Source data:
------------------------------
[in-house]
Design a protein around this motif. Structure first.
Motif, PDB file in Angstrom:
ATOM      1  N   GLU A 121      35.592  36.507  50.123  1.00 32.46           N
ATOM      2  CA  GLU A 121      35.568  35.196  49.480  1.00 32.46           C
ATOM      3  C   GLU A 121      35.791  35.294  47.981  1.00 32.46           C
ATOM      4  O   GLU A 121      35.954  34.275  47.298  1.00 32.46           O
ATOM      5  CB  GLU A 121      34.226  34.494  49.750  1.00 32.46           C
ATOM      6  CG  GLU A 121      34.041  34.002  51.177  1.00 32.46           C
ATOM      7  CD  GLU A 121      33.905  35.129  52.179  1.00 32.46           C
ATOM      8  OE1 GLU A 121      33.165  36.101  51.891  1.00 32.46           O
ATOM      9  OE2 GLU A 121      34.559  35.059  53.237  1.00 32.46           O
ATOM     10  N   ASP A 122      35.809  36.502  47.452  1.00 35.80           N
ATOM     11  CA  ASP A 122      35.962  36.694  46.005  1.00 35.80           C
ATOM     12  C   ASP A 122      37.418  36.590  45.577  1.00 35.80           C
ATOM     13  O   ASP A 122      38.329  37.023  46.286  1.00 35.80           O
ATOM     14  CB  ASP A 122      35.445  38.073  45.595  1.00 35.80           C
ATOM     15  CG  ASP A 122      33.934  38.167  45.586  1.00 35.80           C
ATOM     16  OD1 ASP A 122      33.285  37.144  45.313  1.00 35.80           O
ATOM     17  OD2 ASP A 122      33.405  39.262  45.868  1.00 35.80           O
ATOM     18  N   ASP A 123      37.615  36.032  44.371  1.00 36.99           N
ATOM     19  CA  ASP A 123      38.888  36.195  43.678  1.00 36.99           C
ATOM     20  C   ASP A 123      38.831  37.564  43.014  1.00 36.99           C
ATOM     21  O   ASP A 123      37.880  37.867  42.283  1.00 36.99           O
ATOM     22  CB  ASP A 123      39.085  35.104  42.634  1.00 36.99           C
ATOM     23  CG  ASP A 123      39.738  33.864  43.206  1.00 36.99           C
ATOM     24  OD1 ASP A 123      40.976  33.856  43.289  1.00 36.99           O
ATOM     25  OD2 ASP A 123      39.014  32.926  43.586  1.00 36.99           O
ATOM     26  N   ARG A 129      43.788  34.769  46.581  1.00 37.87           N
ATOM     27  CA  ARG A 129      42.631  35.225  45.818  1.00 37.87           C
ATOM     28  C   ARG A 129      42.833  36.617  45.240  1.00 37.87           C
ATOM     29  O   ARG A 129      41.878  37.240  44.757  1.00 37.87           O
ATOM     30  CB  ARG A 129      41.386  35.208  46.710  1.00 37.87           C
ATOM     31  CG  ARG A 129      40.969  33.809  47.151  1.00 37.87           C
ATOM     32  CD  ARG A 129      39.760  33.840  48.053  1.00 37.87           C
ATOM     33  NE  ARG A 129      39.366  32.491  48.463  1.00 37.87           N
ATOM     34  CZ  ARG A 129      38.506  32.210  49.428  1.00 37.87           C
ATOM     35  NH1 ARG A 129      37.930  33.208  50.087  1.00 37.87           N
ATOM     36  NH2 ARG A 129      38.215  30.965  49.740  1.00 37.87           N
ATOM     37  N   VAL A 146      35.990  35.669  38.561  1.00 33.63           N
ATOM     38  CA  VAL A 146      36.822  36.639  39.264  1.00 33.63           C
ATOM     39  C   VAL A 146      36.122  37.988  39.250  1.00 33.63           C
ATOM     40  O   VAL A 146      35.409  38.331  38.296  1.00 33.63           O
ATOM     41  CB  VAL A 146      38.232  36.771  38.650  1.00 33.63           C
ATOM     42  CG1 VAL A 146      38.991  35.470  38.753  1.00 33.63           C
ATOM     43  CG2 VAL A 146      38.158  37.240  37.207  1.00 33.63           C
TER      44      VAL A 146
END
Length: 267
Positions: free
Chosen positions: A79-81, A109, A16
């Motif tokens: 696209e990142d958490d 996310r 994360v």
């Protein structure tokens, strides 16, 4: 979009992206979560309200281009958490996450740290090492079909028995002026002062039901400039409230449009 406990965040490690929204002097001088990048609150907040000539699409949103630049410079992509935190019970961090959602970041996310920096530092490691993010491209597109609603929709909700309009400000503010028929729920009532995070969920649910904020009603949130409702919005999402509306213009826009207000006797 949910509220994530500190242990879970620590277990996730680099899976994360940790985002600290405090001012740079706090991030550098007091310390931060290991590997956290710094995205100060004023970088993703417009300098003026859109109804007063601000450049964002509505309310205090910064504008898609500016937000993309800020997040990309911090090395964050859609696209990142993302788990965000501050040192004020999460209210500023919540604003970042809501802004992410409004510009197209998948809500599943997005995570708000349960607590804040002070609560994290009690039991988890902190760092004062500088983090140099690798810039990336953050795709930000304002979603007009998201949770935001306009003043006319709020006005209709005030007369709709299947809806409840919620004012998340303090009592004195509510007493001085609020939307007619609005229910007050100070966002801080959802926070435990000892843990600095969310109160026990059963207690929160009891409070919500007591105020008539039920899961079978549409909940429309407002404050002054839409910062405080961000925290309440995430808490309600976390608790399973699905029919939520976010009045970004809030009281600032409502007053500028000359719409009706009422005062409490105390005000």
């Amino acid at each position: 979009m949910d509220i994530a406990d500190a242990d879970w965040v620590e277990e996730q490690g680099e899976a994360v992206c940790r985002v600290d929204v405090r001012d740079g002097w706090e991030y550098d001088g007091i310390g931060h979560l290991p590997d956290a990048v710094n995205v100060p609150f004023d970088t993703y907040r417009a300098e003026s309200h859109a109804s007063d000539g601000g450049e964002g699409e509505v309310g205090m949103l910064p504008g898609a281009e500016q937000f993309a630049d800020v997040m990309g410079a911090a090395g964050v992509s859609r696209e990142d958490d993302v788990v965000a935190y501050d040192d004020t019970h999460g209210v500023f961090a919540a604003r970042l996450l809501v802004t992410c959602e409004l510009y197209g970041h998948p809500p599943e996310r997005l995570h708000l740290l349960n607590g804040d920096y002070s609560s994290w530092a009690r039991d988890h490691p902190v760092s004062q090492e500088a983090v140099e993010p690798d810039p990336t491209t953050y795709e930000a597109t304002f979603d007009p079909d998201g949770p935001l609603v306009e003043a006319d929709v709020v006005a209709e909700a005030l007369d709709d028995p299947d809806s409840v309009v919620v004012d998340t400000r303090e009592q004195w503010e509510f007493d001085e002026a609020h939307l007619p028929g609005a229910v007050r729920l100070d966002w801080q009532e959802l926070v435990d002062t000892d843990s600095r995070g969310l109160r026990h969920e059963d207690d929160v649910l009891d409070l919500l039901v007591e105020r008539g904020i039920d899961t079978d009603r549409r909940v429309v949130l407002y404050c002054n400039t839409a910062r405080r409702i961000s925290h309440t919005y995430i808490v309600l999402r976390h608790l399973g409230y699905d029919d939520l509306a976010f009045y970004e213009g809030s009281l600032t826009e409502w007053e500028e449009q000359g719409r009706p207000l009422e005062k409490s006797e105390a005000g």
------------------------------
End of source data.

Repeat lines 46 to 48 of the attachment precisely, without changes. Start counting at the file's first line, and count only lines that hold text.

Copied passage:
ATOM     43  CG2 VAL A 146      38.158  37.240  37.207  1.00 33.63           C
TER      44      VAL A 146
END